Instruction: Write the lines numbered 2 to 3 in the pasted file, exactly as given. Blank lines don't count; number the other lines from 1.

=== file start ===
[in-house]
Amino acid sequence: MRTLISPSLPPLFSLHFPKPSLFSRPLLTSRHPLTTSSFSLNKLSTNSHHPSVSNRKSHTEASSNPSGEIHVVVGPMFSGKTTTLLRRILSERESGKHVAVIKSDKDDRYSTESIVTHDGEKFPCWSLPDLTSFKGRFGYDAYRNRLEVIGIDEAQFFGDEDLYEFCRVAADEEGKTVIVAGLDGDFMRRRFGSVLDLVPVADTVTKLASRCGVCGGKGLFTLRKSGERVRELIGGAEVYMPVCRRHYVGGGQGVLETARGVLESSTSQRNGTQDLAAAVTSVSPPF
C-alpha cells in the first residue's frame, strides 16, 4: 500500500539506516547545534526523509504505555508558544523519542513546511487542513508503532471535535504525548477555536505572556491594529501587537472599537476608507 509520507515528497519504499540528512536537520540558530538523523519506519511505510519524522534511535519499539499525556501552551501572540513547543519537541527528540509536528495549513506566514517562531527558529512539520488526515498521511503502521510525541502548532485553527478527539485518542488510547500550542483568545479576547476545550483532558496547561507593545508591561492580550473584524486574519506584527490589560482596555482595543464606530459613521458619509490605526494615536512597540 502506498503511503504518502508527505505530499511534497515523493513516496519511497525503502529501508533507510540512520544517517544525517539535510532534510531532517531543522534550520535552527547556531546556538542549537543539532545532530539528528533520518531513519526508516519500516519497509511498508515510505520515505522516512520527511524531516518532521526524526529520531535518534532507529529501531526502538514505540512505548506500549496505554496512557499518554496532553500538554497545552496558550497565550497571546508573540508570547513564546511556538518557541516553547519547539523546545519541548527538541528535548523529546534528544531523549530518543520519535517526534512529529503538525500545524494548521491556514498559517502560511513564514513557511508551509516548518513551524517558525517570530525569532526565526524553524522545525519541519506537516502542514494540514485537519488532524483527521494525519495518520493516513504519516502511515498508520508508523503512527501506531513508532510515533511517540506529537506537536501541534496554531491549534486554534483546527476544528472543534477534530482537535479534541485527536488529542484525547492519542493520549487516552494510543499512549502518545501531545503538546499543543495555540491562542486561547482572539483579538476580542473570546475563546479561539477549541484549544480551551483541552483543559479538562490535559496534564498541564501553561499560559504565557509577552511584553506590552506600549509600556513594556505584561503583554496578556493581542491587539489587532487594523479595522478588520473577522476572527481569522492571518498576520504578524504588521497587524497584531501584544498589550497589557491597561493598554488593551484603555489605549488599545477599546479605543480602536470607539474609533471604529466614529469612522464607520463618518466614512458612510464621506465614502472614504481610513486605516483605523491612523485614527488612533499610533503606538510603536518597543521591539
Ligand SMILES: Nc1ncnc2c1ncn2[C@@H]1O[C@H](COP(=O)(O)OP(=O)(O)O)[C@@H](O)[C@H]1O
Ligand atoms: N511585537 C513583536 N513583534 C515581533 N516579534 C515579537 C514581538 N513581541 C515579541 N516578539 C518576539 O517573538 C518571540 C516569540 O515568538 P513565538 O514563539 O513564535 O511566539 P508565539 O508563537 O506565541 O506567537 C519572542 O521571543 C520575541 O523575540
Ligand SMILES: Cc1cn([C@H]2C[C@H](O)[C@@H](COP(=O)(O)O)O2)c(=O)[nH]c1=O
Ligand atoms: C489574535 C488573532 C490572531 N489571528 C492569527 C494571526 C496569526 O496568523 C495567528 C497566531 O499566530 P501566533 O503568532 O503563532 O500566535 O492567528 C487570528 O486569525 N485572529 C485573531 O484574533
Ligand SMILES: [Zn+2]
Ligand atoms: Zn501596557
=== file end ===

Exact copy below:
Amino acid sequence: MRTLISPSLPPLFSLHFPKPSLFSRPLLTSRHPLTTSSFSLNKLSTNSHHPSVSNRKSHTEASSNPSGEIHVVVGPMFSGKTTTLLRRILSERESGKHVAVIKSDKDDRYSTESIVTHDGEKFPCWSLPDLTSFKGRFGYDAYRNRLEVIGIDEAQFFGDEDLYEFCRVAADEEGKTVIVAGLDGDFMRRRFGSVLDLVPVADTVTKLASRCGVCGGKGLFTLRKSGERVRELIGGAEVYMPVCRRHYVGGGQGVLETARGVLESSTSQRNGTQDLAAAVTSVSPPF
C-alpha cells in the first residue's frame, strides 16, 4: 500500500539506516547545534526523509504505555508558544523519542513546511487542513508503532471535535504525548477555536505572556491594529501587537472599537476608507 509520507515528497519504499540528512536537520540558530538523523519506519511505510519524522534511535519499539499525556501552551501572540513547543519537541527528540509536528495549513506566514517562531527558529512539520488526515498521511503502521510525541502548532485553527478527539485518542488510547500550542483568545479576547476545550483532558496547561507593545508591561492580550473584524486574519506584527490589560482596555482595543464606530459613521458619509490605526494615536512597540 502506498503511503504518502508527505505530499511534497515523493513516496519511497525503502529501508533507510540512520544517517544525517539535510532534510531532517531543522534550520535552527547556531546556538542549537543539532545532530539528528533520518531513519526508516519500516519497509511498508515510505520515505522516512520527511524531516518532521526524526529520531535518534532507529529501531526502538514505540512505548506500549496505554496512557499518554496532553500538554497545552496558550497565550497571546508573540508570547513564546511556538518557541516553547519547539523546545519541548527538541528535548523529546534528544531523549530518543520519535517526534512529529503538525500545524494548521491556514498559517502560511513564514513557511508551509516548518513551524517558525517570530525569532526565526524553524522545525519541519506537516502542514494540514485537519488532524483527521494525519495518520493516513504519516502511515498508520508508523503512527501506531513508532510515533511517540506529537506537536501541534496554531491549534486554534483546527476544528472543534477534530482537535479534541485527536488529542484525547492519542493520549487516552494510543499512549502518545501531545503538546499543543495555540491562542486561547482572539483579538476580542473570546475563546479561539477549541484549544480551551483541552483543559479538562490535559496534564498541564501553561499560559504565557509577552511584553506590552506600549509600556513594556505584561503583554496578556493581542491587539489587532487594523479595522478588520473577522476572527481569522492571518498576520504578524504588521497587524497584531501584544498589550497589557491597561493598554488593551484603555489605549488599545477599546479605543480602536470607539474609533471604529466614529469612522464607520463618518466614512458612510464621506465614502472614504481610513486605516483605523491612523485614527488612533499610533503606538510603536518597543521591539